I run my hand over this large volume with a pictorial cover of a brown prison wall, pierced diagonally with barbed wire, a patch of a sky, a few forlorn trees standing behind parallel search lights and a sentry standing erect before a guard room. Inside the volume is the story of two loves; Faiz Ahmed Faizs letters written to Alys during his years in prison for the infamous Rawalpindi Conspiracy Case. There were a total of 135 letters that Faiz wrote to his wife Alys from 7 June, 1951 to 9 April, 1955. 92 of then were written from Hyderabad Prison, 8 from Karachi where he was sent from the prison for medical reasons and 35 from Montgomery (now called Sahiwal) Jail. The letters are written in English, in his beautiful handwriting. They were rendered into Urdu, thanks to the persistence of his friend Mirza Zafarul Hassan. Zafar thrust pen and paper in the poets reluctant hands, having made up his mind that Faizs letters would be translated by none other than Faiz.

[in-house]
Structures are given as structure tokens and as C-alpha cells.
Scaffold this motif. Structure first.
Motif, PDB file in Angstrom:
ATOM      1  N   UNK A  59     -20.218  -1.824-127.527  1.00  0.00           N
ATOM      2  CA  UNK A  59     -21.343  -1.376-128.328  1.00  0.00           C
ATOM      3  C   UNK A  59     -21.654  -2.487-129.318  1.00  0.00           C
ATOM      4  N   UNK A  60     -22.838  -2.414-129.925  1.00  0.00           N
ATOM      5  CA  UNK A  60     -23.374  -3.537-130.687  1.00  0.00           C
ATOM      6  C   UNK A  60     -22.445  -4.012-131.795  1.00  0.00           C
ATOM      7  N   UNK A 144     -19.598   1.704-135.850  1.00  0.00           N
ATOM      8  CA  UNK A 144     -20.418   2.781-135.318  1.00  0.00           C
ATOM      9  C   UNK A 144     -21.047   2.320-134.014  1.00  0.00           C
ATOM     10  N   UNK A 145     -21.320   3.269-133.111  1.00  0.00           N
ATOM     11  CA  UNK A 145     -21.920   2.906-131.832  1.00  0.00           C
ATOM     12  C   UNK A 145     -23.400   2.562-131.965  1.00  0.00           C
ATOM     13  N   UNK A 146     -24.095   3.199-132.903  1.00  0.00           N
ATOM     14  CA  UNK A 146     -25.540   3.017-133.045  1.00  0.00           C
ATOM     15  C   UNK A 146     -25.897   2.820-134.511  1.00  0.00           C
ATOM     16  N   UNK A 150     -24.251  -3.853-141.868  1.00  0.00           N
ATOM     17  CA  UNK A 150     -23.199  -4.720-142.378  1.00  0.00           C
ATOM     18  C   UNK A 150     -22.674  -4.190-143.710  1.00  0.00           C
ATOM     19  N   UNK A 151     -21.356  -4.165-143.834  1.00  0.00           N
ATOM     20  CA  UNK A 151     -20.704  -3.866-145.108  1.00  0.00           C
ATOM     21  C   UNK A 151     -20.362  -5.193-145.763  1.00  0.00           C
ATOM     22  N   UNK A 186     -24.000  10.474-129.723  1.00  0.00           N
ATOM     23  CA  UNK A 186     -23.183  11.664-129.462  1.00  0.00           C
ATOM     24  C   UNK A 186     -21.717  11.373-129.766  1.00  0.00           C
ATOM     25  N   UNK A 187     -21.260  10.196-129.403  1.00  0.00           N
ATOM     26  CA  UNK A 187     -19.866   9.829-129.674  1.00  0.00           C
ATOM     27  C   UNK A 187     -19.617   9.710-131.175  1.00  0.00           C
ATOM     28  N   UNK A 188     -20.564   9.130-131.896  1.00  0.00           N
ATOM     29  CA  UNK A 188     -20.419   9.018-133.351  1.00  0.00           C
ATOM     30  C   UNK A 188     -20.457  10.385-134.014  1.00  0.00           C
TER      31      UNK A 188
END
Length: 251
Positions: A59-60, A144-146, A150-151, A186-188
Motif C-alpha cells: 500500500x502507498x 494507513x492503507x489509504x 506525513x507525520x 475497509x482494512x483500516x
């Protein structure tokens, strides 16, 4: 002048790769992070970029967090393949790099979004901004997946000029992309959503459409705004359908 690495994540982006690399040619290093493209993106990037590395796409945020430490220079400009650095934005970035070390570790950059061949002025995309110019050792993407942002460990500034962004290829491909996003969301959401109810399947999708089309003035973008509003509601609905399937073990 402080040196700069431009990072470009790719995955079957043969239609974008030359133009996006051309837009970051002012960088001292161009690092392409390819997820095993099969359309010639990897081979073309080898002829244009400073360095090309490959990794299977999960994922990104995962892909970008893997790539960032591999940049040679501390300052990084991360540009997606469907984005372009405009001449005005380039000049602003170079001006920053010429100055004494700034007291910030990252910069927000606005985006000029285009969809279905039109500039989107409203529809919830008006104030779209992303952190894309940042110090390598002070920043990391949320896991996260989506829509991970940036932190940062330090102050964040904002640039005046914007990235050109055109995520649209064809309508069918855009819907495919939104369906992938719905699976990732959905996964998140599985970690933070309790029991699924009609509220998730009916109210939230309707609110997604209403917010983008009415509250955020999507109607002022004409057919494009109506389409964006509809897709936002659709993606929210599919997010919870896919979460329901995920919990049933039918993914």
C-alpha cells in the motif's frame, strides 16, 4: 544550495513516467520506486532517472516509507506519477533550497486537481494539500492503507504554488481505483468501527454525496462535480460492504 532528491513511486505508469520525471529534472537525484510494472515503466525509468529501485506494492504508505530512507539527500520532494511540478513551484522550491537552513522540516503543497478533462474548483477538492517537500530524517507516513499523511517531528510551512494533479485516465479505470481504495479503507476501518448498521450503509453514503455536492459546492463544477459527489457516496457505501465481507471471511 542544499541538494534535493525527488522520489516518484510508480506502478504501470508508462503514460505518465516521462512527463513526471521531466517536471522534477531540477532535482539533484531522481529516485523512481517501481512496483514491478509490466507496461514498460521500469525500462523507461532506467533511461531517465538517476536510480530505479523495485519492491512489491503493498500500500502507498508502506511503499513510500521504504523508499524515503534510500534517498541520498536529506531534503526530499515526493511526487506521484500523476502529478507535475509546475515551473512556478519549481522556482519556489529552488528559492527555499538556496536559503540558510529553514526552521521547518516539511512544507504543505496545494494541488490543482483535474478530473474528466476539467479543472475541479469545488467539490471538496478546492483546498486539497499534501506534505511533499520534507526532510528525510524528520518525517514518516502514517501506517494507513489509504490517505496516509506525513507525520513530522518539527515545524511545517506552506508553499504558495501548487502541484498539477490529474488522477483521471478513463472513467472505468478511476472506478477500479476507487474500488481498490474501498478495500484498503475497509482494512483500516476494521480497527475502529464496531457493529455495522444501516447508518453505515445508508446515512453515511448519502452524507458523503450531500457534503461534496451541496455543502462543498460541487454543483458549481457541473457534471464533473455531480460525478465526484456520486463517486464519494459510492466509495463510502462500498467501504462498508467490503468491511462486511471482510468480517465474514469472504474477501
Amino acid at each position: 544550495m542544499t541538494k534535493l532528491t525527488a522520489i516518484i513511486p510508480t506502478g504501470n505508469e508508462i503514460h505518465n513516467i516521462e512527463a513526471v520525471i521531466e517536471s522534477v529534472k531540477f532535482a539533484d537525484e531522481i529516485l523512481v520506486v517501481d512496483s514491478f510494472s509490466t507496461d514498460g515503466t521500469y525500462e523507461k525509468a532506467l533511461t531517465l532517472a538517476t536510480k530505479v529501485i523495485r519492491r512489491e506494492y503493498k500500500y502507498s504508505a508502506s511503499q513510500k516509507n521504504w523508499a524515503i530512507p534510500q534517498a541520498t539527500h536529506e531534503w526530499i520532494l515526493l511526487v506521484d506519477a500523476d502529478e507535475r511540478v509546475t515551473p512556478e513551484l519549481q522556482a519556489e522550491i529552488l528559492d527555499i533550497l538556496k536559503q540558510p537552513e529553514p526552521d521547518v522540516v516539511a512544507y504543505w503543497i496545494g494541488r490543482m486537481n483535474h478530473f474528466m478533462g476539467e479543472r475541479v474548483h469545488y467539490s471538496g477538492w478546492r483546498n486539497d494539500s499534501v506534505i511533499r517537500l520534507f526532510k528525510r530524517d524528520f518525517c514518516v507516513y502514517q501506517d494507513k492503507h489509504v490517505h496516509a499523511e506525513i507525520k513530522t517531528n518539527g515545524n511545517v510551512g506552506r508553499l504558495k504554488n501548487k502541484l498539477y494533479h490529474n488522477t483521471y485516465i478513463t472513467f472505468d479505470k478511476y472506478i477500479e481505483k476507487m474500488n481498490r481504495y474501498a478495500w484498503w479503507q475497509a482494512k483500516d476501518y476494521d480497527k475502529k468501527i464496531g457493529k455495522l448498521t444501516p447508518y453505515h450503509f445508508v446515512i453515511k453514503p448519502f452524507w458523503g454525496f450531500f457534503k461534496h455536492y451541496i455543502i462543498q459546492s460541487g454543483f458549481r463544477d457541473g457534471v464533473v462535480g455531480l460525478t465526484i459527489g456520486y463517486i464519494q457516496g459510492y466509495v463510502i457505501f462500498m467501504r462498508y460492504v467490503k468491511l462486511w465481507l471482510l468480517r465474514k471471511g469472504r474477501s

There are several reasons for future generations to be grateful for this persistence.
The volume Two Loves contains only 25 of the 135 letters. In 1978, Faiz Sahib and Alys left Pakistan for Beirut in self-imposed exile. For three years their home was closed. When they reopened the home, they found everything in its place. All, except one cupboard which had been attacked by termites. Alys opened the cupboard and retrieved a wicker basket in which she had stored all her precious letters. The termites had turned almost all to white dust; she cried. Faiz consoled her, saying that the letters were safe in their Urdu translations. The book containing them had been published entitled Saleebain Mere Dareechey Mein (Crucifixes at My Window) with a cover designed by the legendary artist Sadeqain.